Sunday, January 30, 2011

Annual Quality of Life report tells a sad story in Jacksonville

Finances: Wages down, food stamps up

$1,055: The inflation-adjusted decrease in average annual wages for people employed in Duval County from 2006 to 2009. During that same time period, the county lost more than 34,000 jobs. The number of food stamp recipients doubled.

Environment: Water usage, septic tank permits down

181 gallons: The average amount of water used in a day by a resident in 2009, down from 221 gallons per day in 2005. Meanwhile, new permits for septic tanks, which can be harmful to the environment, were at a 26-year low.

Government: Influence over government decisions down

24 percent: The percentage of Jacksonville residents who say they have great or moderate influence over decision-making in the local government, a substantial decrease over the past four years. Meanwhile, minorities (19 percent) and women (21 percent) among elected officials sank to a 10-year low.

Charities: Giving down, volunteering up

$2.8 million: The amount of loss in charitable giving to federated campaigns such as United Way. The total fell to $25.5 million in 2009 from an inflation-adjusted $28.4 million in 2007. However, 65 percent of people reported volunteering, a small increase from the past two years.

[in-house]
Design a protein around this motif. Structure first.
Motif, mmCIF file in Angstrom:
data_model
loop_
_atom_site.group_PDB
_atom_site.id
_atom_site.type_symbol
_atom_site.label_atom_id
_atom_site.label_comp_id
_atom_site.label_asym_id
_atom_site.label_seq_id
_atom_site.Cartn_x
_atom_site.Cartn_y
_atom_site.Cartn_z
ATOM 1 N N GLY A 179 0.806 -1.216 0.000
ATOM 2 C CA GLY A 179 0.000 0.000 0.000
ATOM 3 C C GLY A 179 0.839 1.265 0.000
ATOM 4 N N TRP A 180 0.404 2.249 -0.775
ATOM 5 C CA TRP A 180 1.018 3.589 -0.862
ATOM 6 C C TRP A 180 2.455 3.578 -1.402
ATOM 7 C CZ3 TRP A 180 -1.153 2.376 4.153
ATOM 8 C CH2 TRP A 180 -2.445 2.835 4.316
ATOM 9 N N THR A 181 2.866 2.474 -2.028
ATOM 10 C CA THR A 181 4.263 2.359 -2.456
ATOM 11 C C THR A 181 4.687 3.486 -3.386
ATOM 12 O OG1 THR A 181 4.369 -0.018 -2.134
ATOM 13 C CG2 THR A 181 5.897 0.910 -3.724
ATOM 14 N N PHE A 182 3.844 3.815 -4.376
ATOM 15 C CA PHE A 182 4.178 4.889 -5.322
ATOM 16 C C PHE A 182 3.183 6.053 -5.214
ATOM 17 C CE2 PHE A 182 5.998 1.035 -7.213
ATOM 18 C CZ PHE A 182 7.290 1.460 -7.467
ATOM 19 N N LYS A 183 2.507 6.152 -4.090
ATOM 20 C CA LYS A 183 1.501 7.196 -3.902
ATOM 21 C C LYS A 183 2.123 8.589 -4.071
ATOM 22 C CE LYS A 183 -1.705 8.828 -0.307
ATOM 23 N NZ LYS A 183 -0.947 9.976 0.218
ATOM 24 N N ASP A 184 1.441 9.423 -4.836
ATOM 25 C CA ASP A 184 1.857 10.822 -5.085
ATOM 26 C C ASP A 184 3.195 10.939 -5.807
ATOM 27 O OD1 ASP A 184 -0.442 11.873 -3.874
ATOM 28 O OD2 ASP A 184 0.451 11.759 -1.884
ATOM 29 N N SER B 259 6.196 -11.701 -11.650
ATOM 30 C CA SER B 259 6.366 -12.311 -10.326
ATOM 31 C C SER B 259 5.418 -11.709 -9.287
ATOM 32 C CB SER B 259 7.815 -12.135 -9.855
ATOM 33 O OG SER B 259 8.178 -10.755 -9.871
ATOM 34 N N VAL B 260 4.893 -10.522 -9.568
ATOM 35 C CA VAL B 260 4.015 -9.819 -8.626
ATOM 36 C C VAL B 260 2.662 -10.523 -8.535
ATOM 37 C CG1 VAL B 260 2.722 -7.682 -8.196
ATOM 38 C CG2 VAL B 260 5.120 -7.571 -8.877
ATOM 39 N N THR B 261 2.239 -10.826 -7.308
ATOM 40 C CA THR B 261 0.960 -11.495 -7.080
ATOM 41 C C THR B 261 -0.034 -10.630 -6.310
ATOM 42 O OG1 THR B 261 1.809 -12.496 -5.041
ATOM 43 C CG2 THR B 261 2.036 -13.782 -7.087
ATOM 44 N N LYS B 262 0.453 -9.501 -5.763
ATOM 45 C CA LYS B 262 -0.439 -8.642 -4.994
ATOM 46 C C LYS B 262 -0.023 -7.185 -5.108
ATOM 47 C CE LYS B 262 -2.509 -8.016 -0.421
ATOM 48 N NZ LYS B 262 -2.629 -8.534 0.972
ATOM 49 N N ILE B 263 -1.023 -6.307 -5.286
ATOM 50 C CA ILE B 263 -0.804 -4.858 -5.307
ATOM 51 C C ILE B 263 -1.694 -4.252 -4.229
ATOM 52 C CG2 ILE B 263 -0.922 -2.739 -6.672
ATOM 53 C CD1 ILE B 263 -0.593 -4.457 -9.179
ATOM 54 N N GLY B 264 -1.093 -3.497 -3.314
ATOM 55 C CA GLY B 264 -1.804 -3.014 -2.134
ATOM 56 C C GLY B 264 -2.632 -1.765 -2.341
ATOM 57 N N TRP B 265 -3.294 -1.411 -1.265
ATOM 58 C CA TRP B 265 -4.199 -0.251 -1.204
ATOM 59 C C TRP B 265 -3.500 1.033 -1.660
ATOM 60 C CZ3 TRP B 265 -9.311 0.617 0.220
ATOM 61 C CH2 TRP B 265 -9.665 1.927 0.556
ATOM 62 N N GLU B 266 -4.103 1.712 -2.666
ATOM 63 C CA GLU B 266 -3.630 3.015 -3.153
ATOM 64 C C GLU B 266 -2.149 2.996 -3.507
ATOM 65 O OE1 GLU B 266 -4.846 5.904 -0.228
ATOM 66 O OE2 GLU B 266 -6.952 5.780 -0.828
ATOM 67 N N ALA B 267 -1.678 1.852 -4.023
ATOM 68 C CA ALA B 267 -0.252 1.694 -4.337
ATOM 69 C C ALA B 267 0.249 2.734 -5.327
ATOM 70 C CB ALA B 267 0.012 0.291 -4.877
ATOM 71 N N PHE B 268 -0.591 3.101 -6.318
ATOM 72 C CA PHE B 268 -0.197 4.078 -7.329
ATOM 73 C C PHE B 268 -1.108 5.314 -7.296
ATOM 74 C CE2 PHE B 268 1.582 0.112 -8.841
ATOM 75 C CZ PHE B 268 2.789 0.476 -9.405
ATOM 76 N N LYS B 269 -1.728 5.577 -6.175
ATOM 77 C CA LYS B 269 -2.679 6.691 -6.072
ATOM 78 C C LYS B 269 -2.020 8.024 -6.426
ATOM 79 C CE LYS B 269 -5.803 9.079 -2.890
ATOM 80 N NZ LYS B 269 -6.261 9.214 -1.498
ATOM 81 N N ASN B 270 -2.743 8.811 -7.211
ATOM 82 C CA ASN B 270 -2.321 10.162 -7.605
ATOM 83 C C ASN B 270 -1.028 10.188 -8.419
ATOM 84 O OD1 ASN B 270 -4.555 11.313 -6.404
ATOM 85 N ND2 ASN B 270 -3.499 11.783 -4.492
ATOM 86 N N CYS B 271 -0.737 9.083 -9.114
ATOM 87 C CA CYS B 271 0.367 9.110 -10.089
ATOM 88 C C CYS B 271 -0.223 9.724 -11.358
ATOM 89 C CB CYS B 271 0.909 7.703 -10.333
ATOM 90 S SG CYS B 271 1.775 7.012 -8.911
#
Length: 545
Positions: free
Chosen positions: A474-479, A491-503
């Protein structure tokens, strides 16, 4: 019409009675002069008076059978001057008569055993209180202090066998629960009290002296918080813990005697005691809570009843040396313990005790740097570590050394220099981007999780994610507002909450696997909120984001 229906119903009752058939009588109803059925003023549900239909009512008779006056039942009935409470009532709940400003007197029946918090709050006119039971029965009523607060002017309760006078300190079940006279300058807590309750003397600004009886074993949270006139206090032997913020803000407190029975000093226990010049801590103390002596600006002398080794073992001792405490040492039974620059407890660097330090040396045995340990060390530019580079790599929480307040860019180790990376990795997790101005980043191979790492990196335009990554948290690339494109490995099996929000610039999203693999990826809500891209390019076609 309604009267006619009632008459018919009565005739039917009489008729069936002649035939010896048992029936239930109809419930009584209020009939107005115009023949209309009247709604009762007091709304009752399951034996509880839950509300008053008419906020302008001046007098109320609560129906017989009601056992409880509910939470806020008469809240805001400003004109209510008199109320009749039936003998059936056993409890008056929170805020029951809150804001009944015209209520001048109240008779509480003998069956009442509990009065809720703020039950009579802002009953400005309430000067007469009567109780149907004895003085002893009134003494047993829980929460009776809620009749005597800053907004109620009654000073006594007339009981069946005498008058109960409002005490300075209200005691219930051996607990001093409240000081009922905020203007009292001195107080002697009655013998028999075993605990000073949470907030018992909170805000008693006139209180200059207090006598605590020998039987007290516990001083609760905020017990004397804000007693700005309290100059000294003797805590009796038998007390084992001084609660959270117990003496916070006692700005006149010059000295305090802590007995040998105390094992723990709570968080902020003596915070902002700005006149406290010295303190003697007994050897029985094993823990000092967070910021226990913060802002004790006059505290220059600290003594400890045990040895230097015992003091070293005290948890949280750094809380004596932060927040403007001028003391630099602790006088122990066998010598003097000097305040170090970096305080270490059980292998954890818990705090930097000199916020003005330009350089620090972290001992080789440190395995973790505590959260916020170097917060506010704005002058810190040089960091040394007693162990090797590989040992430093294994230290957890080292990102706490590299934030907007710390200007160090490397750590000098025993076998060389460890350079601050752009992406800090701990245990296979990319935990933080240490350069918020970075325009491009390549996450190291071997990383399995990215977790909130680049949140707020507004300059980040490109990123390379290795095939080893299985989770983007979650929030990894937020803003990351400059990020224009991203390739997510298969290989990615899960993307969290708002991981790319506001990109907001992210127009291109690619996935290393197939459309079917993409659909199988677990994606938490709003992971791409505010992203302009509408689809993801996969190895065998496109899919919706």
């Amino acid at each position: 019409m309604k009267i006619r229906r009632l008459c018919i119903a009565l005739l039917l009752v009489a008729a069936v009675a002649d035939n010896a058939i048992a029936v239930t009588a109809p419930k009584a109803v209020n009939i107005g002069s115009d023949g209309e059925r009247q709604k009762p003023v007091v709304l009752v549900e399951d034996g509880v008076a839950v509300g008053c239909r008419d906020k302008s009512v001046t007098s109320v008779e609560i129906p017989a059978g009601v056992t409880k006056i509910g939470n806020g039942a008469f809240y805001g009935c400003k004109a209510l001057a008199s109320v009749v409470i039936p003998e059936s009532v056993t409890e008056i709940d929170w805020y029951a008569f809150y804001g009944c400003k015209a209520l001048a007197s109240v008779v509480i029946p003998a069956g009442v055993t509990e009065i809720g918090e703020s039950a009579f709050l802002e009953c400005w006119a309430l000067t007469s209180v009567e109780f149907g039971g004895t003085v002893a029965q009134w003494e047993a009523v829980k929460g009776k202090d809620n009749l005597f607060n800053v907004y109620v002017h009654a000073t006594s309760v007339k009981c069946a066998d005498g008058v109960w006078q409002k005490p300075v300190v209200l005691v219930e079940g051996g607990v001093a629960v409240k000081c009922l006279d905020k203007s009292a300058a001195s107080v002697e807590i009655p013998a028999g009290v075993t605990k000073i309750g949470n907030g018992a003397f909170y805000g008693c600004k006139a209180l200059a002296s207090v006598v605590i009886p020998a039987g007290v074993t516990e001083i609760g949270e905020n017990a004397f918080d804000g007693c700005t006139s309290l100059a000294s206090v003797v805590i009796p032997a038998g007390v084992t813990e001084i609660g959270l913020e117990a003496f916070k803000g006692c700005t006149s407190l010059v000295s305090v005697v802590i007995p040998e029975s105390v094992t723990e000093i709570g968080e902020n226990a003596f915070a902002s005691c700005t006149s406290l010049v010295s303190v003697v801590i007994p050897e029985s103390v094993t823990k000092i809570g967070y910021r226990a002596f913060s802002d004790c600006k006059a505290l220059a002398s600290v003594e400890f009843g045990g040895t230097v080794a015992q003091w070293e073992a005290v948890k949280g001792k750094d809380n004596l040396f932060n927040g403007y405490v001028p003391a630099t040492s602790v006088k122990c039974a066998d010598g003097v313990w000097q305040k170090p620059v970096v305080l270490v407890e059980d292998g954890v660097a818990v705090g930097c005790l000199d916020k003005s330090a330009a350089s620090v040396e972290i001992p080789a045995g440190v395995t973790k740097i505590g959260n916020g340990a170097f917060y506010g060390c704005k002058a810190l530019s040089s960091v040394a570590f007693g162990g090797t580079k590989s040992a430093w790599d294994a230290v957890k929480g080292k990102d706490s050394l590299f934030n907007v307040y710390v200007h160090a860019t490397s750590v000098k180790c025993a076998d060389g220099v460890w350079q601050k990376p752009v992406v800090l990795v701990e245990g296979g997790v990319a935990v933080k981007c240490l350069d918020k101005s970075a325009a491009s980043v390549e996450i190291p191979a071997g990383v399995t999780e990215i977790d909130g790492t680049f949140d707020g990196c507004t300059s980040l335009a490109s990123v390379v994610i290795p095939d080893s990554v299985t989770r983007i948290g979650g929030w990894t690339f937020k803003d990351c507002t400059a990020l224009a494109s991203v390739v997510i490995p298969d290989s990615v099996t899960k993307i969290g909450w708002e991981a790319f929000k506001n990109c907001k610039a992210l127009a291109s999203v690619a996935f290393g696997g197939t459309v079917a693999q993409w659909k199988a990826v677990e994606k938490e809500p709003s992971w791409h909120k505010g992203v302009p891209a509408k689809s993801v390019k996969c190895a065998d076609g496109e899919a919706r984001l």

Homelessness: Number of homeless up

3,910: The number of homeless people counted in 2010 in Duval County, up from 2,613 in 2007. Families with children have especially been affected. The economic recession has plunged more than 1,000 additional people locally into homelessness.

Economic engines: Bed tax revenue down, port rebounds

$25 million: The decline in sales and bed tax collections from 2008 to 2010, indicating a decline in tourism. However, there was a rebound at the Port of Jacksonville, where last year marine terminals handled 8.1 million tons shipped in or out.

Recreation, arts and culture: Museum attendance, public performances down

14.3 percent: The percent of decline of public and private support for arts programs from 2007 to 2009. The total number of public performances was down to 436, from a 2006 high of 601, and museum attendance was also at a five-year low.

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